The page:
7: A Living Universe
There is a certain degree of pantheism within Babylon 5 philosophy, especially in the way the universe is spoken of. Especially the Narn philosophy of G'Kwan and G'Kar and the Minbari religion tend to go into such a direction: The universe as an entity of its own, the universe as a character in the game of life, not merely the battlefield, but much more: The universe as a living being. This living universe but consists of parts; those parts being nothing else than us ourselves - thus also forming a connection of the parts which form the whole: everything, everybody is connected - there is no separateness, no real loneliness, no real individuality. Well, there is, but it serves a greater whole - putting individuality into the right perspective, defining also its use.
Defining also, and giving it its meaning - within a living universe, with us being the body parts, no one being superfluous, no one being unnecessary. This means that not just the universe is regarded with a greater dignity, but also life, all life, not just human life. Life also being re-defined, not anymore being reduced to what we perceive as the obvious. The essence of the universe, its living breath, is contained and preserved in every little cell and molecule and atom and quark and spark of energy: The field of life, the field of reality, everything, belonging to a living universe, is living matter. There is no emptiness, no void. Creation is life.
There is open discussion on the issue of souls on Babylon 5, an issue most often being circumvented these days in non-religious surroundings. But within Babylon 5 philosophy, souls are a crucial element - and what is a soul if not the essence of what we are, the part of us which is not the physical body, which is not following physical laws, which is not subjected to the restrictions of physical reality, which, by all we know and believe, is contradicting physical reality: and which is thus immortal, the essence of life eternal. The recognition mainly thus being accompanied by the acceptance of the existence of a soul is that there is life beyond our reality, life beyond physical being; life after death and beyond death and beyond space and time.
So is Babylon 5 a religious show? Partly, yes; and partly meaning: to a great part. A lot of religious elements can be found in the show: The monks being introduced in I believe season three, the monks working together with the Rangers, as shown in 4.22 'The Deconstruction of Falling Stars'; the Rangers resp. Anglashok themselves forming something like a religious order; the religious nature of Minbari culture, the Narn religion as told by G'Kwan with G'Kar contributing to it. The nature of Good and Evil is explored through the Shadow wars, and it is dealt with in a quite religious manner, regarding to the prophecies and similar things. Also, staff members of Babylon 5 are openly said to belong or to have belonged to Christian or Jewish religion, something which would never happen in Star Trek as far as I know it (Star Trek only mentions religion in reference to alien cultures, like the Bajorans, but reduces it mostly to general spirituality). And, most of all, we have John Sheridan's death and resurrection.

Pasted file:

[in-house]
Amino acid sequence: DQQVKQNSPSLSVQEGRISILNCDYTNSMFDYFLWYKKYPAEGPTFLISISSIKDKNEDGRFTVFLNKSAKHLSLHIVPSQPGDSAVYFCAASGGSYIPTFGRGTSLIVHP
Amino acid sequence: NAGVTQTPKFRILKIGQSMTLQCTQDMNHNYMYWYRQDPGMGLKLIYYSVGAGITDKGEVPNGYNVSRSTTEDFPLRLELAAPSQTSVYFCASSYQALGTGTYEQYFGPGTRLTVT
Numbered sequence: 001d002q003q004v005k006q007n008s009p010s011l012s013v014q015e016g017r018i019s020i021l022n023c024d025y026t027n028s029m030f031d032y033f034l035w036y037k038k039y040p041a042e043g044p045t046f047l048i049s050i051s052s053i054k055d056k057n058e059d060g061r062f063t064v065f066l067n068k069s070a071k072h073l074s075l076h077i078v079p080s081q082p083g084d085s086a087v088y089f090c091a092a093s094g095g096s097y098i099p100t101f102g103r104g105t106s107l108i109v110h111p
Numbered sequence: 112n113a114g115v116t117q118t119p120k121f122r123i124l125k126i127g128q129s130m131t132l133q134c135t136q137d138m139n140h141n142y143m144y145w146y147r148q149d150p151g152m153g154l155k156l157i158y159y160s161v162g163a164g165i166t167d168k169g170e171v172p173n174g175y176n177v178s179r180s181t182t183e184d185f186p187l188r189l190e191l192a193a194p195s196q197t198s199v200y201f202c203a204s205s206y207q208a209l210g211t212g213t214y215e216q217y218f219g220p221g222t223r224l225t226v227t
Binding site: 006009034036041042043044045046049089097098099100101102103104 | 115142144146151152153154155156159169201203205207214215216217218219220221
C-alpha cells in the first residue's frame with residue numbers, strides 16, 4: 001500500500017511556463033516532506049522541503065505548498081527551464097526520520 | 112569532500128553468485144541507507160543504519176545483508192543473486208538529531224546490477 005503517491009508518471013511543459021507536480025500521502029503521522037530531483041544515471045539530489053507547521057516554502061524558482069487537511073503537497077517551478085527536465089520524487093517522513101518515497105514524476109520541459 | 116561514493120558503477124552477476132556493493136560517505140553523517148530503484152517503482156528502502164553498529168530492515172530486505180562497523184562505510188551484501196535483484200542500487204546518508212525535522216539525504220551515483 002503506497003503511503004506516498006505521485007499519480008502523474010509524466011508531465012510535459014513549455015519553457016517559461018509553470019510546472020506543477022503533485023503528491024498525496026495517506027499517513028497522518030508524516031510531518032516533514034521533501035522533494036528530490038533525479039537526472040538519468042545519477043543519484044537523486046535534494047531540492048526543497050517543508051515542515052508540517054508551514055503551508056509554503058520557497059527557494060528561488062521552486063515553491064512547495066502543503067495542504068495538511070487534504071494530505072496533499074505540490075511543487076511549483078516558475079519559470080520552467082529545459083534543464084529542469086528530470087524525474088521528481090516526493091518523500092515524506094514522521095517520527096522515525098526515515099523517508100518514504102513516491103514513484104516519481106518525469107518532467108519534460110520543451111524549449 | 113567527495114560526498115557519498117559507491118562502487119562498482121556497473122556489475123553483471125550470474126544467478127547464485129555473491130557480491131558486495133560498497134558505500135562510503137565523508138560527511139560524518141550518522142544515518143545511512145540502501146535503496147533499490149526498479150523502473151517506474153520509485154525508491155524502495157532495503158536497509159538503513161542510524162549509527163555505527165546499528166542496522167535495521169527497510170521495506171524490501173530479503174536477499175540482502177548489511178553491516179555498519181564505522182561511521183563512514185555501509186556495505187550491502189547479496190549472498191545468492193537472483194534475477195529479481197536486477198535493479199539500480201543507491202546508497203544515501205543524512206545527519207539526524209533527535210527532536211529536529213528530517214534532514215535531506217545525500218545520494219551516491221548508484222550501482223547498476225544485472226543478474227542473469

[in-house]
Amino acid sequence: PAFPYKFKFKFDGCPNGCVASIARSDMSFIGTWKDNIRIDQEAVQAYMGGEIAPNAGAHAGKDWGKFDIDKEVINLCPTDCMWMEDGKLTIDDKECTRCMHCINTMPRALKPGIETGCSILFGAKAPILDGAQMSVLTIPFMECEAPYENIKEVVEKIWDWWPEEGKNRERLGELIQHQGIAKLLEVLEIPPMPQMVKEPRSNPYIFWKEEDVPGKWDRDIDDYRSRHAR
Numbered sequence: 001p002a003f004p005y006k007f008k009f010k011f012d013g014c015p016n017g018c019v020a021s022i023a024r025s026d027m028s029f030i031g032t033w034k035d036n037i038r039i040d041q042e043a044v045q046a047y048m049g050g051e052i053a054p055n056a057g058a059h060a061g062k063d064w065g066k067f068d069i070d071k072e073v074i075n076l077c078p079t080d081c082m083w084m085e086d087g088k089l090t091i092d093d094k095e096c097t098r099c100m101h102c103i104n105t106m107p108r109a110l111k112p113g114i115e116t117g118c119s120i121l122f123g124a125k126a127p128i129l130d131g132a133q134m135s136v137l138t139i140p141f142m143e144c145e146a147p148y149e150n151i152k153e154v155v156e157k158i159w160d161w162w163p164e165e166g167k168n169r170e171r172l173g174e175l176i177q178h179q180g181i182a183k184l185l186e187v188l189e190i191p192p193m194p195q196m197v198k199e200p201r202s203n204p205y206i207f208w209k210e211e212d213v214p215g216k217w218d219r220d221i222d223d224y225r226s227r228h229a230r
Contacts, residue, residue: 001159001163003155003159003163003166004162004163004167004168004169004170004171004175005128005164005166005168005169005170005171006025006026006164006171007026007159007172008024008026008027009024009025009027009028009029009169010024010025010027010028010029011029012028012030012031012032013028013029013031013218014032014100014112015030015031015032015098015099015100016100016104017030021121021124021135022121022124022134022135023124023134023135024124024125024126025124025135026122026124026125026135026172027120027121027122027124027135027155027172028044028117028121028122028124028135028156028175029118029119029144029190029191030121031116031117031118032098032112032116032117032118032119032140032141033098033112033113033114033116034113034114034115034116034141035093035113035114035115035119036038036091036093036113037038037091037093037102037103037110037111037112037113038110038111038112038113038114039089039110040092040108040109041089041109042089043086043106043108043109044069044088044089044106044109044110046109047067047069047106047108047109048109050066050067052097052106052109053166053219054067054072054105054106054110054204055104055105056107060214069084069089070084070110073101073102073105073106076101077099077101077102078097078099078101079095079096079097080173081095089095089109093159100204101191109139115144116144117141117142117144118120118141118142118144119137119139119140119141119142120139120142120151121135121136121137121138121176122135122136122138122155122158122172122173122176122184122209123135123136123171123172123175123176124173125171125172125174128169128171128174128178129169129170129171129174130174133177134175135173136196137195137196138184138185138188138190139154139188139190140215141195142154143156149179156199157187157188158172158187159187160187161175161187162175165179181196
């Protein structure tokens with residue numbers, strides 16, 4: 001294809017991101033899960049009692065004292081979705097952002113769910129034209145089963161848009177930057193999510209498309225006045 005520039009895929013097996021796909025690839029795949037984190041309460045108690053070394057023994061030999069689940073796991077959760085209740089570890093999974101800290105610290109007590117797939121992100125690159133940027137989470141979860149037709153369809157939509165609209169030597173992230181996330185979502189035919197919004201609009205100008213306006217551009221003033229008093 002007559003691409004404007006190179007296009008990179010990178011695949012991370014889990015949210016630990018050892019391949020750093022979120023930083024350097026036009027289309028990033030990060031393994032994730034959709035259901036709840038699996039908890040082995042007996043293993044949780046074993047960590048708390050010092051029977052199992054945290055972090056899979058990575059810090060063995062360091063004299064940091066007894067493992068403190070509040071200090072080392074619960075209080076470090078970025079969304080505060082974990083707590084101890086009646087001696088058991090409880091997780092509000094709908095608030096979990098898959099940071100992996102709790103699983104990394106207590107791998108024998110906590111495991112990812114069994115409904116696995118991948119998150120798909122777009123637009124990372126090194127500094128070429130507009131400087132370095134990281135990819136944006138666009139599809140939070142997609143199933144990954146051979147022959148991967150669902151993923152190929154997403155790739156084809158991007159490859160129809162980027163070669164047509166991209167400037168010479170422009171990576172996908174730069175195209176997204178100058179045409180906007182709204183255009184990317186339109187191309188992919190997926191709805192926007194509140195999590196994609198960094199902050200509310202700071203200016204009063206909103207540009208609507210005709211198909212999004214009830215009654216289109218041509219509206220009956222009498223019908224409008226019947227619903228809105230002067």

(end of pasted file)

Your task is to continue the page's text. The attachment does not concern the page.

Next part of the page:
B5 clearly is a show with a lot of talk and symbolism regarding philosophy and religion. The notion of a living universe is nothing entirely new; new about it is but the place it takes in a television show. There are almost no taboos in Star Trek regarding to topics of society, but with Babylon 5, there are also no taboos regarding to religion in TV fiction. The pantheism of Babylon 5 is something which is explicitely being shared by Buddhist and Native American religion, and more implicitly also by Christianity - when you think about trinity more closely, you might come to similar conclusions. God Father represents the process of creation and its beginning and end, he is the the basis of it all. God Son represents creation, represents life, represents us. God Holy Spirit is the messenger, the connection, the field of interaction and communication between both. All three but are not separate entities, the separation is just a model; they are indeed one, everything is connected. The Buddhist terms of Dharmakaya (Body of Thruth), Nirmanakaya (Body of Emanation) and Sambhokaya (Body of Joy) could be explained in a similar way (cf. The Good Heart., Appendix).
April 1st 1999